There are several important limitations of this study. First, we used a validated delirium assessment method, but compared with the well-known Confusion Assessment Method,31 the sensitivity has been shown to be 74% and specificity 83%.15 With an incidence of delirium in our study of 16.4%, misclassification error may be present although the error would need to be quite large to obviate the results of this study. Second, our findings may only reflect hyperactive delirium that is clinically apparent on chart review, not hypoactive delirium, which can be more difficult to diagnose but is also associated with increased mortality.32 Third, the small sample size predisposes to wide CIs and limits inclusion of potentially important confounding variables in our analysis. We did use propensity score adjustment, but a larger sample size would allow for more precise estimates. Many eligible patients were not approached or refused consent, thus introducing the risk of selection bias and limiting generalizability of the results. Nonetheless, the findings of this study are provocative in showing a link between preoperative frailty and risk for postoperative delirium. Further studies are needed to confirm this association using in-person delirium assessments as well as to examine whether a targeted delirium-prevention strategy for frail patients may improve outcomes after CABG surgery.


Patient Flowchart

Appendix 2.
Appendix 2.:
Instrument to Assess Frailty


Name: Charles H. Brown IV, MD, MHS.

Contribution: This author helped design the study, conduct the study, analyze the data, and write the manuscript.

Conflicts of Interest: Charles H. Brown IV reported no conflicts of interest.

Name: Laura Max, BA.

Contribution: This author helped conduct the study and write the manuscript.

Conflicts of Interest: Laura Max reported no conflicts of interest.

Name: Andrew LaFlam, BS.

Contribution: This author helped conduct the study and write the manuscript.

Conflicts of Interest: Andrew LaFlam reported no conflicts of interest.

Name: Lou Kirk, MD.

Contribution: This author helped write the manuscript.

Conflicts of Interest: Lou Kirk reported no conflicts of interest.

Name: Alden Gross, PhD.

Contribution: This author helped analyze the data and write the manuscript.

Conflicts of Interest: Alden Gross reported no conflicts of interest.

Name: Rakesh Arora, MD, PhD.

Contribution: This author helped write the manuscript.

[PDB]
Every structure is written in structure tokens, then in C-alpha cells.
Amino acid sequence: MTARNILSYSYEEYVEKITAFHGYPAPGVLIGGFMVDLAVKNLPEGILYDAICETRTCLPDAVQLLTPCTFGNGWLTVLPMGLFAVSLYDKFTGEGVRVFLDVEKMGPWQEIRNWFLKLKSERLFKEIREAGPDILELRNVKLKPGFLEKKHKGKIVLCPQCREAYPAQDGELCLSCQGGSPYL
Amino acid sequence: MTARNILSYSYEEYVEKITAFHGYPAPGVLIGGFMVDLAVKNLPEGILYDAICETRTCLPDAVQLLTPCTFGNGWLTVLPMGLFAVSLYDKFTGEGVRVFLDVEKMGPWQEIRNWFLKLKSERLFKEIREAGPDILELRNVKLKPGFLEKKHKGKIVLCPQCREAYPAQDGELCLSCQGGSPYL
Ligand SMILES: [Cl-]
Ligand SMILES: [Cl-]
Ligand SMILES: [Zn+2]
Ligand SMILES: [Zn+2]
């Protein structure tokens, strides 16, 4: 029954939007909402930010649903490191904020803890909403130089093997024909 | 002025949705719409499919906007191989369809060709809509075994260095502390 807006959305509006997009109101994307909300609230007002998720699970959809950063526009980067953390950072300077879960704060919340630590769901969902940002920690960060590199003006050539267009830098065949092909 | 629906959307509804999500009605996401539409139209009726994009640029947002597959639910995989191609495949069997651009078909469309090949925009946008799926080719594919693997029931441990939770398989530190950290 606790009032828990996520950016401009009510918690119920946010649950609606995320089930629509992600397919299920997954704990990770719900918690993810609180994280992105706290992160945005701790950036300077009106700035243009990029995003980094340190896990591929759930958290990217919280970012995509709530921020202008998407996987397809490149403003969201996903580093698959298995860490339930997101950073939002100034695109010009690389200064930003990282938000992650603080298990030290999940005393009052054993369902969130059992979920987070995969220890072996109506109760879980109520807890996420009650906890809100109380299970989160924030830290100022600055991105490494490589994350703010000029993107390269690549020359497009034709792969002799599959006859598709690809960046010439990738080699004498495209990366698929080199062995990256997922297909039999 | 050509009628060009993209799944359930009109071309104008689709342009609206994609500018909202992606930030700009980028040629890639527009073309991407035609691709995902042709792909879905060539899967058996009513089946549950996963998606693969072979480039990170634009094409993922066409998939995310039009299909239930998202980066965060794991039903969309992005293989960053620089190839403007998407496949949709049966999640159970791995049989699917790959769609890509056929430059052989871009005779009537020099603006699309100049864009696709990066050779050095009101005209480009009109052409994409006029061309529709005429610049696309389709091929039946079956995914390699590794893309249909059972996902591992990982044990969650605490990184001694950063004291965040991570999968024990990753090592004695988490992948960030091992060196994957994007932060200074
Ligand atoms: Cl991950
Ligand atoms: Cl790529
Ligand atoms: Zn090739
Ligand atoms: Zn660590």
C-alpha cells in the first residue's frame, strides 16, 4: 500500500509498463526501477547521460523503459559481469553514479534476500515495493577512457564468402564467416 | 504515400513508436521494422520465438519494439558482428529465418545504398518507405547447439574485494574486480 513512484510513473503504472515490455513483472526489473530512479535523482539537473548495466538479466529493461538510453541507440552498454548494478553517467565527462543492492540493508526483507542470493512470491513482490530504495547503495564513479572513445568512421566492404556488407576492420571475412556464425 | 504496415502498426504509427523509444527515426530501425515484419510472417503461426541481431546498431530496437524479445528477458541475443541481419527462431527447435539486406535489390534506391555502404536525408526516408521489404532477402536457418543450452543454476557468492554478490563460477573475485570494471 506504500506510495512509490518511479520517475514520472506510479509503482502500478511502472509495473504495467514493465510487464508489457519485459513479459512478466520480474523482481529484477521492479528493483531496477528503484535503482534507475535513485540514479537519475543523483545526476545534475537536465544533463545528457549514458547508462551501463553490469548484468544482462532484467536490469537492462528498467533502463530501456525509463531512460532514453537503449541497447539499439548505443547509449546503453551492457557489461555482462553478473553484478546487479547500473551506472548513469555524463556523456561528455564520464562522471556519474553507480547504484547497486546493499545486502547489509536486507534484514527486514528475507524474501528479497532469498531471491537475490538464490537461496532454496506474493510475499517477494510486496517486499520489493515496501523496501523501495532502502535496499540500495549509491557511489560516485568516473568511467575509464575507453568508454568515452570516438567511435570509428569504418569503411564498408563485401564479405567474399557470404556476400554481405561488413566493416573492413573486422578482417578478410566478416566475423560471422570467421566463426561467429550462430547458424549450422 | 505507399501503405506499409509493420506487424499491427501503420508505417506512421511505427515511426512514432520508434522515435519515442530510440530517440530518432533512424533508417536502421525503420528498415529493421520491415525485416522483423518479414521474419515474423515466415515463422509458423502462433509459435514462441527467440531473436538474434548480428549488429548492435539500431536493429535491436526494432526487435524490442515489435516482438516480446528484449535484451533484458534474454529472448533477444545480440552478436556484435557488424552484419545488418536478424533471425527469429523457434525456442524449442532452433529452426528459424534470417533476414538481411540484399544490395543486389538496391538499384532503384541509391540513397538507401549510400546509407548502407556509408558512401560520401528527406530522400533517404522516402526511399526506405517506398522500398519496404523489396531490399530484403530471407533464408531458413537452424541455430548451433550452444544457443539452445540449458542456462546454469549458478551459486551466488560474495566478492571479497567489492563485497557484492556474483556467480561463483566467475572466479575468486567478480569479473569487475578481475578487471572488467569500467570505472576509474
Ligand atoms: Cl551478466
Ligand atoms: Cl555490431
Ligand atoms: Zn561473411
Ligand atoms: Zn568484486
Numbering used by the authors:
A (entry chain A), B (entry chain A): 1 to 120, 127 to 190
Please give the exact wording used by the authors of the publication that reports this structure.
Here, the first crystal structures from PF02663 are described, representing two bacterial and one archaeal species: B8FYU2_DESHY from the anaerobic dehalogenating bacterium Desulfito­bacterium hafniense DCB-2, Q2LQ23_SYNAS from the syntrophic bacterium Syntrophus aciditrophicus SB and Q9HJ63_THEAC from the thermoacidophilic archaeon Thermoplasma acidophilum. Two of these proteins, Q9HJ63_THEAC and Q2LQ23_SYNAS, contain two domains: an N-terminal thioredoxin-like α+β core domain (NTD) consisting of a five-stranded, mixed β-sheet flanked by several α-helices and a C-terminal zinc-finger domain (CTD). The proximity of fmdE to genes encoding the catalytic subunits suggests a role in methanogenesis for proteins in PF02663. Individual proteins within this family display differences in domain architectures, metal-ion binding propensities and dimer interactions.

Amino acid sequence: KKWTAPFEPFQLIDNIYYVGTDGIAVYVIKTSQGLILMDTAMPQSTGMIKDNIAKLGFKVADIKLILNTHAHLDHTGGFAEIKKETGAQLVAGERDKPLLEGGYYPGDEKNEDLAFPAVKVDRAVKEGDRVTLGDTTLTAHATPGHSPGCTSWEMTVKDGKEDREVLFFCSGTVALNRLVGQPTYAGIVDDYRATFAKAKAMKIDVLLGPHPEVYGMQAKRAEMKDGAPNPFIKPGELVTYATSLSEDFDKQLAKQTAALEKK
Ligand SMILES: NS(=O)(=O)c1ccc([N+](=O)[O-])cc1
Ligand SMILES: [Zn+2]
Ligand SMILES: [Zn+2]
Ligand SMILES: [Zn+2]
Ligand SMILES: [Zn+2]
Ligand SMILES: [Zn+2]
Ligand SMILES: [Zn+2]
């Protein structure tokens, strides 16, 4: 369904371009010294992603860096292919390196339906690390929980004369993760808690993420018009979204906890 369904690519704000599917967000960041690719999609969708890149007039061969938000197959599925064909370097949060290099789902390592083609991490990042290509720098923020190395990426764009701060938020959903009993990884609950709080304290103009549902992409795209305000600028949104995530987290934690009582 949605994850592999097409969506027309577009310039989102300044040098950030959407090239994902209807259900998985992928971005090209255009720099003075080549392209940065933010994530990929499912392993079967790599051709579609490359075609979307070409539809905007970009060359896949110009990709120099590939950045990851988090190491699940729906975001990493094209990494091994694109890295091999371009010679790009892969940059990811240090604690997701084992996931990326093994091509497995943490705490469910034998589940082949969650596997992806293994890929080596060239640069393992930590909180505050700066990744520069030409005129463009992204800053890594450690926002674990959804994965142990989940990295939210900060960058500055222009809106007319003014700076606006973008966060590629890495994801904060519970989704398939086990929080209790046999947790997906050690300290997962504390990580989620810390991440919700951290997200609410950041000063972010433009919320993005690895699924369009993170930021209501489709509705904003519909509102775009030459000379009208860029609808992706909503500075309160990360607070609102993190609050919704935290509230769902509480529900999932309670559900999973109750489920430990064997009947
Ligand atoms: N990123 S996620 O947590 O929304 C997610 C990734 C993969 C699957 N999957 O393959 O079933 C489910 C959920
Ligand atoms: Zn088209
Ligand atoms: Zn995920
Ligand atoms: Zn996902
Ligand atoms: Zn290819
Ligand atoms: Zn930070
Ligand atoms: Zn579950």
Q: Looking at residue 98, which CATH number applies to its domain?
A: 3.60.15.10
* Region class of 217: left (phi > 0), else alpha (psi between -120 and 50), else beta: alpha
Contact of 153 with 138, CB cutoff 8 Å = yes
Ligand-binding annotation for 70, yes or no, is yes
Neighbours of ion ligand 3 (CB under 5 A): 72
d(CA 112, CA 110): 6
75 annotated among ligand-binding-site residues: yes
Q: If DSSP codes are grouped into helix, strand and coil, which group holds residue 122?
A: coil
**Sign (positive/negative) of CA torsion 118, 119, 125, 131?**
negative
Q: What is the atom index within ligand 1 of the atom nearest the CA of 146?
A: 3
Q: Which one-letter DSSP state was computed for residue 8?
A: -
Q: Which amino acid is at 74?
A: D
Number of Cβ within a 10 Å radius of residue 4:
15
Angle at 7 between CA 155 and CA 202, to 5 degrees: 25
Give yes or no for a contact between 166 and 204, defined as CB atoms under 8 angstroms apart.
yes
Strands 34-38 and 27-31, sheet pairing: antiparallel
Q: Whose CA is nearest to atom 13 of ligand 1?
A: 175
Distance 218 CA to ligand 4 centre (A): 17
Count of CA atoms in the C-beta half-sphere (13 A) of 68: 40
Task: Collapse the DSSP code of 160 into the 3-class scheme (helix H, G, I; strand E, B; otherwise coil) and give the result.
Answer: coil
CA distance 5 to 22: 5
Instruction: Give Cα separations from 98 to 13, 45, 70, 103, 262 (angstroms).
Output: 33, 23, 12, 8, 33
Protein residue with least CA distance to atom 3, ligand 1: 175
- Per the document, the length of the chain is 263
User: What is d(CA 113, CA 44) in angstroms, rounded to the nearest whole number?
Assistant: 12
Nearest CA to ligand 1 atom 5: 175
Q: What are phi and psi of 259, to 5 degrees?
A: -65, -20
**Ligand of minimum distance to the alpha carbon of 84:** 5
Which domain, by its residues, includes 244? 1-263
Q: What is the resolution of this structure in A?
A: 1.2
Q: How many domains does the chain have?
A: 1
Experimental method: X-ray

Conflicts of Interest: Rakesh Arora reported a conflict of interest with Pfizer Canada Education grant unrelated to this manuscript.

Name: Karin Neufeld, MD, MPH.

Contribution: This author helped conduct the study and write the manuscript.

Conflicts of Interest: Karin Neufeld received research funding from Ornim Medical Research support unrelated to the study.

Name: Charles W. Hogue, MD.

Contribution: This author helped write the manuscript.

Conflicts of Interest: Charles W. Hogue received research funding from Covidien, Inc, and reported a conflict of interest with Ornim. Explanation: Charles Hogue has received research support from Covidien, Inc, and served on the advisory board for Ornim Medical, unrelated to this study.

Name: Jeremy Walston, MD.

Contribution: This author helped write the manuscript.

Conflicts of Interest: Jeremy Walston reported no conflicts of interest.

Name: Aliaksei Pustavoitau, MD, MHS.

Contribution: This author helped design the study, conduct the study, and write the manuscript.

Conflicts of Interest: Aliaksei Pustavoitau reported no conflicts of interest.

This manuscript was handled by: Gregory Crosby, MD.


Dr. Charles W. Hogue is the Section Editor for Cardiovascular Anesthesiology for Anesthesia & Analgesia. This manuscript was handled by Dr. Gregory Crosby, Section Editor for Neuroscience in Anesthesiology and Perioperative Medicine, and Dr. Hogue was not involved in the editorial process or decision in any way.


aSociety of Thoracic Surgeons. 2008. Adult cardiac surgery database data collection form version 2.61. Available at: Accessed February 15, 2011.